The annual South By Southwest Conference, SXSW, descends on Austin, Texas, soon, from March 9–18. And whether you have a badge, wristband or not, there are lots of LGBTQ festivities and free events to enjoy. So check out our SXSW 2018 Gay Guide and have a blast!
BEFORE YOU GO to SXSW 2018
Know these five things:
1. Lines are for suckers and there are always good alternatives to whatever you have planned. Unless your life is on the line, find something just as cool with a shorter line.
3. If you need a breather and a place to sit (seats can be hard to find at SXSW), stop by one of the city’s many coffeeshops or the Driskill Hotel lobby for a recharge.
4. Many less busy music venues let in folks without SXSW wristbands and badges. The city’s gay bars are usually poppin’ every night of the week too. (Some even host free LGBTQ film screenings and music line-ups.)
5. If you need kickass wall art, stick around for the eye-popping Flatstock poster expo Thursday, March 15 to Saturday, March 17 at the Austin Convention Center.
INTERACTIVE AT SXSW 2018
There are a lot of great topics at this year’s interactive festival. There’s also a kickass party of queer fashionistas at the dapperQ Official Post-Panel Mixer and Dance Party (Saturday, March 10, 8 p.m. at Sellers Underground) — it’s free and doesn’t require a badge. And if you stick around after the interactive portion ends, you can also enjoy the SXSMess comedy showcase on Friday, March 16, 11 p.m. at ColdTowne (no badge required).
Conspiracy?! Ryan Holiday on the Gawker Takedown — Gay billionaire tech douchebag Peter Thiel bankrupted the gay-owned gossip site Gawker and may now be trying to buy its archives to delete them. But what does Thiel’s takedown of the massively popular site say about power, strategy, privacy, culture and the future of the press? (Friday, March 9, 11 a.m. at Austin Convention Center, Room 18ABCD)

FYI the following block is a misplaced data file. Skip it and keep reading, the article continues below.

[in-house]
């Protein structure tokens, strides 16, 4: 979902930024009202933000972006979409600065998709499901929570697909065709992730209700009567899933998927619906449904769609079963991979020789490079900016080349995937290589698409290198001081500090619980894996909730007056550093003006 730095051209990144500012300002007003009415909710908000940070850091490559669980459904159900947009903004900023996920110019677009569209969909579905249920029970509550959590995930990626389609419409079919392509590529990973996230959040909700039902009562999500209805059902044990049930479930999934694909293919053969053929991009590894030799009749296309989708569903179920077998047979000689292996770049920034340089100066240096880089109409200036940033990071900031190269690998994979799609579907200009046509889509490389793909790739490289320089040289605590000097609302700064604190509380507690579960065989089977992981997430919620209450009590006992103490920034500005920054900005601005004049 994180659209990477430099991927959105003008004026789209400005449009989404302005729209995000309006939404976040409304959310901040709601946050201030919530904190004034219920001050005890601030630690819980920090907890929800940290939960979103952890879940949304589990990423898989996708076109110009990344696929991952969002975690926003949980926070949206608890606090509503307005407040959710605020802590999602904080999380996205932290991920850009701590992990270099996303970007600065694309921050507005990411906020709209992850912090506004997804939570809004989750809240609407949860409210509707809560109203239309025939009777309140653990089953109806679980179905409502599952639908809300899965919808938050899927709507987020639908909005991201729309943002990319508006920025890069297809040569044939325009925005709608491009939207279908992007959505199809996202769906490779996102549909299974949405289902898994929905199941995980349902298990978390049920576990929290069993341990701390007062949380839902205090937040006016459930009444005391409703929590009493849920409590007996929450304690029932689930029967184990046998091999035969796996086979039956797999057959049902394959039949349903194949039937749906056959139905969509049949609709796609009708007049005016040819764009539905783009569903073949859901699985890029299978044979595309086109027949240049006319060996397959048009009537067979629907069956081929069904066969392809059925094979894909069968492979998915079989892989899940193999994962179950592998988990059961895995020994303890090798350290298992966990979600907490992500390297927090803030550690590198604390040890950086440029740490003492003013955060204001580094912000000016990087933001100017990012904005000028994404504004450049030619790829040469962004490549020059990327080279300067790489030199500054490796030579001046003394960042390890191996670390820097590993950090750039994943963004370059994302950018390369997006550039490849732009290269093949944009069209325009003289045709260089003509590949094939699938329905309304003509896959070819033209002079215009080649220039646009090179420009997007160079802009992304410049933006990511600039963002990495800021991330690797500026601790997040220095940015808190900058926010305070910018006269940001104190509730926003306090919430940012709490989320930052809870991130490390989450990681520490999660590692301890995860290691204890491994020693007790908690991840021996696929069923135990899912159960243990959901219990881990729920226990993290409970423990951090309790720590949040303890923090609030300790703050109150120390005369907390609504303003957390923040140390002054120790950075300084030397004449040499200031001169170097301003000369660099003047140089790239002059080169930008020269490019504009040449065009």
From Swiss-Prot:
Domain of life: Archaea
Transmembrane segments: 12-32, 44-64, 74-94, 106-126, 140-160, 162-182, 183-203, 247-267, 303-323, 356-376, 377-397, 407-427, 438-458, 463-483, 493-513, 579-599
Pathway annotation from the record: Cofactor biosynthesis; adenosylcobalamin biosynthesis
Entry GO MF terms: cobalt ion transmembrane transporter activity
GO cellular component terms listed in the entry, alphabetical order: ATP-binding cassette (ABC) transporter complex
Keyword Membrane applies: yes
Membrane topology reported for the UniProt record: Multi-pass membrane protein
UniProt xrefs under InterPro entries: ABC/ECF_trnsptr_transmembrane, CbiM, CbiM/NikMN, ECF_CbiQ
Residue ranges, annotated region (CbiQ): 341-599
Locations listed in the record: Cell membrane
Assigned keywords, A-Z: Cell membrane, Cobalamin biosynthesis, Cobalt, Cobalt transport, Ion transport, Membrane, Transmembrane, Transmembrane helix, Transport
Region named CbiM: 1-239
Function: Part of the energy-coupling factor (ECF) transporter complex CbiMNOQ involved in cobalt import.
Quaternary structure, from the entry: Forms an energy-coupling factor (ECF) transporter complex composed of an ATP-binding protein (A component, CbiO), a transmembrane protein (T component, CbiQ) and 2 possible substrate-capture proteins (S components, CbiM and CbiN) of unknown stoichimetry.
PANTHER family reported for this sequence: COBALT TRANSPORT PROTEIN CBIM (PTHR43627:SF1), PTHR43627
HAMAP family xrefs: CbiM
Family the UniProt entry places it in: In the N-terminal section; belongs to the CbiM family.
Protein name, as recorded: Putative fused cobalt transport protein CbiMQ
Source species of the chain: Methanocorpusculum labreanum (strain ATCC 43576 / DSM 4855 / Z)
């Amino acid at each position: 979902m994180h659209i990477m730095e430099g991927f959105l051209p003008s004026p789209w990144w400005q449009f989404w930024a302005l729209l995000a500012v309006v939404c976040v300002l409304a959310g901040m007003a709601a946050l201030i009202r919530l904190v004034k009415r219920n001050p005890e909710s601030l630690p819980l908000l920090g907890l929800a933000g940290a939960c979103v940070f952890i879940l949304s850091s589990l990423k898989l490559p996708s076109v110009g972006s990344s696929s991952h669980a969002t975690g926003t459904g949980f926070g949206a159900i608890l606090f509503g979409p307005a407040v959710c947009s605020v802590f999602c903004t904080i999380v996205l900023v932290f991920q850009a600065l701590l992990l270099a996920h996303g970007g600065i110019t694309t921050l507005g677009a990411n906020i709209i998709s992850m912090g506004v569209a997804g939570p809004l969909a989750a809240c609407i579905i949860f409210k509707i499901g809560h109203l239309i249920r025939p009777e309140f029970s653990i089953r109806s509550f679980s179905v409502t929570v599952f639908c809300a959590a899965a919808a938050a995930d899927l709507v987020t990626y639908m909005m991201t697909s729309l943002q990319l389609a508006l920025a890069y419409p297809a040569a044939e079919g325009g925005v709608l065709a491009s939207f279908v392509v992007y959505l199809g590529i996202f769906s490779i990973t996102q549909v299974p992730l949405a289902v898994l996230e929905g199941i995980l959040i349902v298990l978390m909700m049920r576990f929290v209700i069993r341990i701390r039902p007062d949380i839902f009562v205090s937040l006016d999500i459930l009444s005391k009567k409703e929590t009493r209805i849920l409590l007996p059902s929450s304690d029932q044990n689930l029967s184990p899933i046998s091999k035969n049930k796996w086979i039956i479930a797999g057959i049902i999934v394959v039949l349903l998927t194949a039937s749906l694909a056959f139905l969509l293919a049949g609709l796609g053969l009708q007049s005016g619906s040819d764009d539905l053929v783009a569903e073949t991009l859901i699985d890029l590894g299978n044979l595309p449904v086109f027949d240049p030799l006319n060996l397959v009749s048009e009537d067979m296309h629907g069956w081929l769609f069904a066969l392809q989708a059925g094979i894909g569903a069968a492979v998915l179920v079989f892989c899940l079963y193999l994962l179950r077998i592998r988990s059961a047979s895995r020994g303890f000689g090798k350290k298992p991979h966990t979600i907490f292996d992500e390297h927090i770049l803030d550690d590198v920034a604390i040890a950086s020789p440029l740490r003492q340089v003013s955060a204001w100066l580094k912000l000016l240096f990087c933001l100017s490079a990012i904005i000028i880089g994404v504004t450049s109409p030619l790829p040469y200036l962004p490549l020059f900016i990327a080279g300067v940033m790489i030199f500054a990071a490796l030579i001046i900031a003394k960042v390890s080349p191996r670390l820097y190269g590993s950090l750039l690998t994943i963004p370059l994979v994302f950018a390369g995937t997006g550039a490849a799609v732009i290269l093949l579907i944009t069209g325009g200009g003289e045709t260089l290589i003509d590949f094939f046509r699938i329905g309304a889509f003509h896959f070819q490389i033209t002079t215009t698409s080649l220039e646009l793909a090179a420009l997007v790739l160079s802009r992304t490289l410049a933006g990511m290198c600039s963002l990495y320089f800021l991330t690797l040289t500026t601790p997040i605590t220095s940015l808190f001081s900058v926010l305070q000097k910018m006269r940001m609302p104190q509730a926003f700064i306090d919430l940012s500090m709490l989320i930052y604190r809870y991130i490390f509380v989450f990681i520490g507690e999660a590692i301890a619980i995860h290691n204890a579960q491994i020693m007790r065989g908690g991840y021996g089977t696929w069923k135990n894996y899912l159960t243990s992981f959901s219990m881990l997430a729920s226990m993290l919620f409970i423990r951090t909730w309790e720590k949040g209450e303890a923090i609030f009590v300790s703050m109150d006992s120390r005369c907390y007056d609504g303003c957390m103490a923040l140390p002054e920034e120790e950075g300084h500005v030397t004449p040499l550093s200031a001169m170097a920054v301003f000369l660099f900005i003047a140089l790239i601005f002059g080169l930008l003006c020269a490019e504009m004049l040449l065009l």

RompHims and Boyfriend Jeans: Ungendering Fashion — Two years ago, SXSW presented its first-ever queer fashion panel. The tradition now continues into its third year with a discussion on one of 2017’s most infamous male garments and how “Language such as the RompHim, boyfriend jeans, man buns, and mewelry perpetuate gender stereotypes and have a devastating impact on gender equity and attitudes towards LGBTQ communities.” Whoa. (Friday, March 9, 3:30 p.m. at Four Seasons, Ballroom CD.)
After PULSE – Creating an LGBTQ+ Alliance in Orlando — After the Pulse Nightclub tragedy, seemingly disparate community groups banded together to respond to one of the worst mass shootings in national memory. Come find out how the post-Pulse community formed and their lessons for other communities. One of the panelists is Carlos Carbonell, who we interviewed months after the shooting. (Saturday, March 10, 12:30 p.m. at Westin Austin Downtown, Paramount 1-2-3)
They: Gender Nonconformity Meet Up — Forget the binary! Instead come here and mingle with other friendly gender-fluid, genderqueer, pangender, transgender and gender non-conforming folks. (Saturday, March 10, 12:30 p.m. at JW Marriott, Room 210)
LGBTQIA+ Meet Up — Come meet and mingle with queer creatives. It’s usually pretty crowded, but there are often several hotties and a paid bar, so … party! (Saturday, March 10, 3:30 p.m. at JW Marriott, Room 208)
Fight Cyberhate/Create Safe Online Spaces Meet Up — A speaker from the Anti-Defamation League leads this mingle session addressing the best ways to deal with trolls, stalkers and catfishes in the digital pond. (Saturday, March 10, 5 p.m. at JW Marriott, Room 213)
Conversation with Leo Varadkar, T.D. Prime Minister of Ireland — If Varadkar’s name sounds familiar, perhaps it’s because he’s one of the few openly gay world leaders. He’ll be talking about the future of his country — LGBTQ politics are sure to enter the mix as well. (Sunday, March 11, 2 p.m. at Hilton Austin Downtown, Salon F)
Founding an LGBT+ Nonprofit — Avoid the frustrations of navigating nonprofit status by learning some tips from two folks who run Series Q, an organization for London queer entrepreneurs. (Monday, March 12, 5 p.m. at Hilton Austin Downtown, Salon B)
Audible Impact — The Ally Coalition is throwing this music and comedy benefit to support LGBTQ allyship. Join in the fun. (Tuesday, March 13, 9 p.m. at Moody Theatre)
Free Radical: Chelsea Manning with Vogue‘s Sally Singer — If you’re wondering what Manning has been up to since being let out of prison for leaking intelligence documents on a Lady Gaga CD, come find out. She’ll likely mention her Democratic candidacy for U.S. Senate in Maryland. (Tuesday, March 13, 9:30 a.m. at Austin Convention Center, Ballroom D)
FILM AT SXSW 2018